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Posture Coach on the road

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Published: Thu, December 27, 2007 @ 9:58 p.m.
 

They're stopping at five cities across the country.

After playing together in Youngstown for more than four years, Posture Coach is going on the road.

Band members Erich Booth, Kris Mills and Dennis Thomas said they will be playing five shows across the United States, beginning Jan. 2. The Zou actually planned the tour a while ago and Posture Coach was going to go along. For whatever reason, plans were never finalized, so when The Zou offered them two dates, Denver and Albuquerque, they couldn’t refuse.

As of now, Posture Coach will be playing at Herman’s Hideaway in Denver, The Cell Theater in Albuquerque, a TBA venue in either Wichita or Topeka, Kan., Cafe Berlin in Columbia, Mo., and somewhere in Detroit.

Tomorrow, Posture Coach has a show at the 31st Street Pub in Pittsburgh, they’re playing First Night Youngstown New year’s Eve, then they’re driving out New Years Day in hopes of making it to Denver before their show on Jan. 2.

Their show in Columbia was booked by a member of the now-defunct Anchors for Architects. They played with Posture Coach at Cedars Lounge when they were in town, and Booth said they’re one of the better bands Posture Coach has played with.

Before this excursion, Posture Coach played at CBGB in New York’s Manhattan in front of a small crowd during summer 2006. They said when they do play out of the area, people who like their music usually buy a CD.

“If we get one new fan at each show that continues to listen, it’s worth it,” Thomas said.

Since Posture Coach is currently suffering from monetary distress, the band has to be thrifty while on the road. While they hope to crash at random houses, they said for most of their trip, they plan to shower at truck stops and sleep in their van.

“I’m kinda looking forward to not showering,” Thomas said. Mills, on the other hand, is not that excited: “I look really bad when I don’t shower. I look like Dennis.”

Since Posture Coach put out their first CD “Give The Excess” earlier this year, they have been working on some new songs. They said they have about six new ones for the tour, as well as Black Sabbath’s War Pigs cover. Posture Coach’s interesting and unique sound may not make sense to a lot of their fans, but Booth said the songs are “mathematically constructed.”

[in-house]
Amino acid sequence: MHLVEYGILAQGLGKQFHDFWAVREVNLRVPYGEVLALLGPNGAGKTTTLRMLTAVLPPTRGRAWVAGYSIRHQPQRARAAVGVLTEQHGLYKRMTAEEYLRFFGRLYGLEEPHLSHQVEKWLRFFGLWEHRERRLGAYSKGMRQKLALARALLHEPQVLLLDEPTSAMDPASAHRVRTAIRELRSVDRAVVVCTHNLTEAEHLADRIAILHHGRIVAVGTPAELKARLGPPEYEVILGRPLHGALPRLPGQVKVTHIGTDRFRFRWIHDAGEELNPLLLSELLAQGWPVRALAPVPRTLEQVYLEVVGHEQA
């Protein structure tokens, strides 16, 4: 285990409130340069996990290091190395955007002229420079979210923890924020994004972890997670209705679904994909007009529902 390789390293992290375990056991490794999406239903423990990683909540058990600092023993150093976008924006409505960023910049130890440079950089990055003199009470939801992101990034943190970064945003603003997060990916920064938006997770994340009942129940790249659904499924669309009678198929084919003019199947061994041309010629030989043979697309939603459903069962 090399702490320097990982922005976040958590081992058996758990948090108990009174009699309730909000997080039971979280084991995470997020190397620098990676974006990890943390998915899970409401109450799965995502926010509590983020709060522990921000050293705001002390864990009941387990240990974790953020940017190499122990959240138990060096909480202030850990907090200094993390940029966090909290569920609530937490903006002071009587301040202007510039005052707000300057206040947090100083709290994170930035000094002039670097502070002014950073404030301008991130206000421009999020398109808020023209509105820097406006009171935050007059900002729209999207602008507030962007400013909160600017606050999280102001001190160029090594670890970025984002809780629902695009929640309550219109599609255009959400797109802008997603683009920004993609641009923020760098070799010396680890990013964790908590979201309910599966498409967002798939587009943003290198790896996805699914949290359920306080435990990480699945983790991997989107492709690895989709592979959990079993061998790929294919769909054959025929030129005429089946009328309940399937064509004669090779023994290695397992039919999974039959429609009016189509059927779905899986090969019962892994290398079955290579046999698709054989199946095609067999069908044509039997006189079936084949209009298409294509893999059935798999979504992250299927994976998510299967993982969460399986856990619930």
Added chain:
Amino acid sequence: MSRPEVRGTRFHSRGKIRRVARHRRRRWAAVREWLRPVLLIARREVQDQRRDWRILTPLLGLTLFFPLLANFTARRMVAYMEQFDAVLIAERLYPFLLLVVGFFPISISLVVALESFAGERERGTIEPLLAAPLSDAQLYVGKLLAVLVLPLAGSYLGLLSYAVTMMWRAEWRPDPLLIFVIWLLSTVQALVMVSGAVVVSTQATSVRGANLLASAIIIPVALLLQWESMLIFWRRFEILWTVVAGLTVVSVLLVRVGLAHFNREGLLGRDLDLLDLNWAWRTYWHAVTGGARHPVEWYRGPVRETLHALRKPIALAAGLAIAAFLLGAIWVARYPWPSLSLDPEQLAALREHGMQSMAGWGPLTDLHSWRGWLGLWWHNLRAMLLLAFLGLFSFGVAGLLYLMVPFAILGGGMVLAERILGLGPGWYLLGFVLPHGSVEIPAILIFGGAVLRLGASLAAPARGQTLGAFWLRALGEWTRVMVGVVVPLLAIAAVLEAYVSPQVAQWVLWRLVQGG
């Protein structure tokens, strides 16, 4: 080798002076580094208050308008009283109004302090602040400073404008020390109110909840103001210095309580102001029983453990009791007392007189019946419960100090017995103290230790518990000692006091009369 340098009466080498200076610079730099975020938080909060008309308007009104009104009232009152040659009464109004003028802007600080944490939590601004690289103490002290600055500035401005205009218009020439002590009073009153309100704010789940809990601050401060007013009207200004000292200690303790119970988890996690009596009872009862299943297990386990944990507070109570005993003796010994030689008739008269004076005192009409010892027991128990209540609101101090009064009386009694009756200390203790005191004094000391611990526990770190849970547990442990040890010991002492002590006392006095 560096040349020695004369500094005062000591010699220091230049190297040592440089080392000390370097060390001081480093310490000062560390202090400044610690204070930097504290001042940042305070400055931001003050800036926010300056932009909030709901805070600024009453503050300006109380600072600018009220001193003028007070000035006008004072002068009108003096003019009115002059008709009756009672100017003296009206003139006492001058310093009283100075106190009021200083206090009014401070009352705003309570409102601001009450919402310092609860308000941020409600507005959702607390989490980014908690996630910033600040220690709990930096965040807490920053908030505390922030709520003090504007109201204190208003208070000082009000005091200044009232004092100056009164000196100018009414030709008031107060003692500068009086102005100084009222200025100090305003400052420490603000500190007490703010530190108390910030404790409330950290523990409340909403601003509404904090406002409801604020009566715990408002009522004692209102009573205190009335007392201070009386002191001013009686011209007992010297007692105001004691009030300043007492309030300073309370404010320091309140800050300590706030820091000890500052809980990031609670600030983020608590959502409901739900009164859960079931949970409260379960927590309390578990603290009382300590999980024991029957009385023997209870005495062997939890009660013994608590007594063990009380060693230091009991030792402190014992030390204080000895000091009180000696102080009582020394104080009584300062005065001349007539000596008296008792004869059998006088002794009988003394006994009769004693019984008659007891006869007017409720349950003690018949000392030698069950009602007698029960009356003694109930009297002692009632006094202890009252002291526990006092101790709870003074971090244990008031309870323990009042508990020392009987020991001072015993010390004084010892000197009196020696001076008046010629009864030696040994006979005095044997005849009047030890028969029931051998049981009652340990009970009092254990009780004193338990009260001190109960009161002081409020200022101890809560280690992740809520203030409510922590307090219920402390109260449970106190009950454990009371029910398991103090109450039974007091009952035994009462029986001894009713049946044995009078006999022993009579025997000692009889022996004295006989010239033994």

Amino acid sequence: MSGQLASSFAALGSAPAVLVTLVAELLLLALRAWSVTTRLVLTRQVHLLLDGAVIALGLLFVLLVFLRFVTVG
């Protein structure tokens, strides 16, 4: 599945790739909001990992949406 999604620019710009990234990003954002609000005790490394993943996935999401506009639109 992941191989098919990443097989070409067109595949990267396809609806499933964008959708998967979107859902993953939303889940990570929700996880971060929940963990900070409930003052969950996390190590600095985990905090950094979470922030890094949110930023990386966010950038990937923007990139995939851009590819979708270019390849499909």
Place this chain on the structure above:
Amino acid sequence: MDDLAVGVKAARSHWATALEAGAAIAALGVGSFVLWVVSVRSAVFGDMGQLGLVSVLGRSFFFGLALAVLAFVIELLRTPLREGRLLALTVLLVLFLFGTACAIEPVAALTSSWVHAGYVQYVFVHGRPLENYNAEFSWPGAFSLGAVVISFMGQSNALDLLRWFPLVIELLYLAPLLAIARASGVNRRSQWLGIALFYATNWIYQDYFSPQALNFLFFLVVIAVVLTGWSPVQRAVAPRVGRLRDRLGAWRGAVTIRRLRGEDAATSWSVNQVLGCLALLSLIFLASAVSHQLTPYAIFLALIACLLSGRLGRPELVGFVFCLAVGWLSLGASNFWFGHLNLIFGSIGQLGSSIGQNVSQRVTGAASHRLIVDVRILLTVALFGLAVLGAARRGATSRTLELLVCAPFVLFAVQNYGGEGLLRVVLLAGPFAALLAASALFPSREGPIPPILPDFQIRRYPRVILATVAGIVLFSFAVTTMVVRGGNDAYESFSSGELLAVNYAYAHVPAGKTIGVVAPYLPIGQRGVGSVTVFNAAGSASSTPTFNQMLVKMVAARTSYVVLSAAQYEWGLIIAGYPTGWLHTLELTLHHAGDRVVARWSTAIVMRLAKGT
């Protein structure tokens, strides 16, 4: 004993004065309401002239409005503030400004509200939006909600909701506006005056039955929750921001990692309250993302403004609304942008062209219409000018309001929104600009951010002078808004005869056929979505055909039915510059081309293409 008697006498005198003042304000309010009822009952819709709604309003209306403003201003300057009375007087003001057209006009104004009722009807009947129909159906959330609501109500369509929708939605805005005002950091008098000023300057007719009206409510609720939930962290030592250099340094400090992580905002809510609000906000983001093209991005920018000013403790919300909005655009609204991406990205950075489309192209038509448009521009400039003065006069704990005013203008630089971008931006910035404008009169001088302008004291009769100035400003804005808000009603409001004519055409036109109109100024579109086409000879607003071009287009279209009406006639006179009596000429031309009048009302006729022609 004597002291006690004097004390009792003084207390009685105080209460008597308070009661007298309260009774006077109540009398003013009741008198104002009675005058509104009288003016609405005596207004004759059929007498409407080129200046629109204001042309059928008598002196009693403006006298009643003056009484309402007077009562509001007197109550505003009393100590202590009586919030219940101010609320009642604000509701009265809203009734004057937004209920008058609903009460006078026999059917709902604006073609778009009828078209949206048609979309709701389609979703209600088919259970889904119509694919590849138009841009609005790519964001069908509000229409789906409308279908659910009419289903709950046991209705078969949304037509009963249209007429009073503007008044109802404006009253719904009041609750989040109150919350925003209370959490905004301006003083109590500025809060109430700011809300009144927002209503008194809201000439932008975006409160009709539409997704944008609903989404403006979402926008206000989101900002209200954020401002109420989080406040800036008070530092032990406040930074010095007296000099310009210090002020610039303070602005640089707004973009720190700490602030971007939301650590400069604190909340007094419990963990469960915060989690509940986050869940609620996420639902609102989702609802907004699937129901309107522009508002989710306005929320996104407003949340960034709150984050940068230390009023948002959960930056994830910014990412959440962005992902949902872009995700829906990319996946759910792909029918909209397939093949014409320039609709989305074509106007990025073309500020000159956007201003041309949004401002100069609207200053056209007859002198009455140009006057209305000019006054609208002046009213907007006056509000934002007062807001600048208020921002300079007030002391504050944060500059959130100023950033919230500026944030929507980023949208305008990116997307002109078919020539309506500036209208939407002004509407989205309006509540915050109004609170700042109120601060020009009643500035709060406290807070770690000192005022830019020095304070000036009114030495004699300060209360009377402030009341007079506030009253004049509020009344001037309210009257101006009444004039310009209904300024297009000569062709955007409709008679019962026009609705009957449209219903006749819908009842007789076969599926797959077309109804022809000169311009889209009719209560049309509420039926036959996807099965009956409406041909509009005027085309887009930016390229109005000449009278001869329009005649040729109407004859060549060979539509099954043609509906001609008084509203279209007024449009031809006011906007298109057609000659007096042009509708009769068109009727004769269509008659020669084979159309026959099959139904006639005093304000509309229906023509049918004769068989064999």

“I think most people listen to us for the complex rhythmic structures,” Booth said.

Mills said someone usually starts off with a guitar rift, and instead of complementing it, Mills counters it. It’s almost as if she makes an effort to stray away from the guitar, she said.

“I still refuse to be a bass player,” Mills said. “I’m a lead guitarist.”

As for the lyrics, Posture Coach sees those as being another musical component. They said they sing rhythmically and that most of the lyrics are an afterthought to the music.

Whether you love them or hate them, Posture Coach’s one-of-a-kind sound definitely catches people’s attention. They said, usually, people are very receptive to their music and offer them compliments.

“I don’t think we’ll get tomatoes thrown at us,” Thomas said. Mills responded, “But I like tomatoes, they’re yummy.”

So far, they said they’ve never had tomatoes thrown at them and they don’t plan on that happening in the future.

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Comments

By IWillShitYoungstown ( anonymous )

Another gem from ms. poulton!

But how did the below, or any of the article, get past the copy editor?

"Tomorrow, Posture Coach has a show at the 31st Street Pub in Pittsburgh, they’re playing First Night Youngstown New year’s Eve, then they’re driving out New Years Day in hopes of making it to Denver before their show on Jan. 2."

By Will ( anonymous )

It's good that they are touring but I have to say the way they are going about it sounds bad. I could be wrong, but I think when you tour you should do it a little bit different. For example, if home base is Youngstown, do a show there, then book the next show no more than four hours out. You move from Y-Town to Pitt or Cleve. Then you hit the next major hub and so on. The idea is to hop along, play shows and make enough $$ to get gas and food to the next stop. (you be surprised how many bands tour without CD's or merch to sell.) Then come back on the same route. Establish a route and continue to hit those same areas. If not then a tour to some great city one time, really isn't productive. If you look at some successful indie bands most of the time you will see the gigs are fairly close in location. The ones that are a great distance, maybe 2 days in between. The road is a beast and you have to be smart about it. Good luck out there guys. Play, sell your merch, get all the contact info and numbers you can, and pray your van holds up.

By PCDad ( anonymous )

Good luck guys. Be safe and play hard! Remember "The Blues Song"?

By ThirdClassMusic ( anonymous )

Good stuff. Posture Coach is the perfect style of band to go on tour. There is a certain energy that even people who might not appreciate the style will be able to get into.

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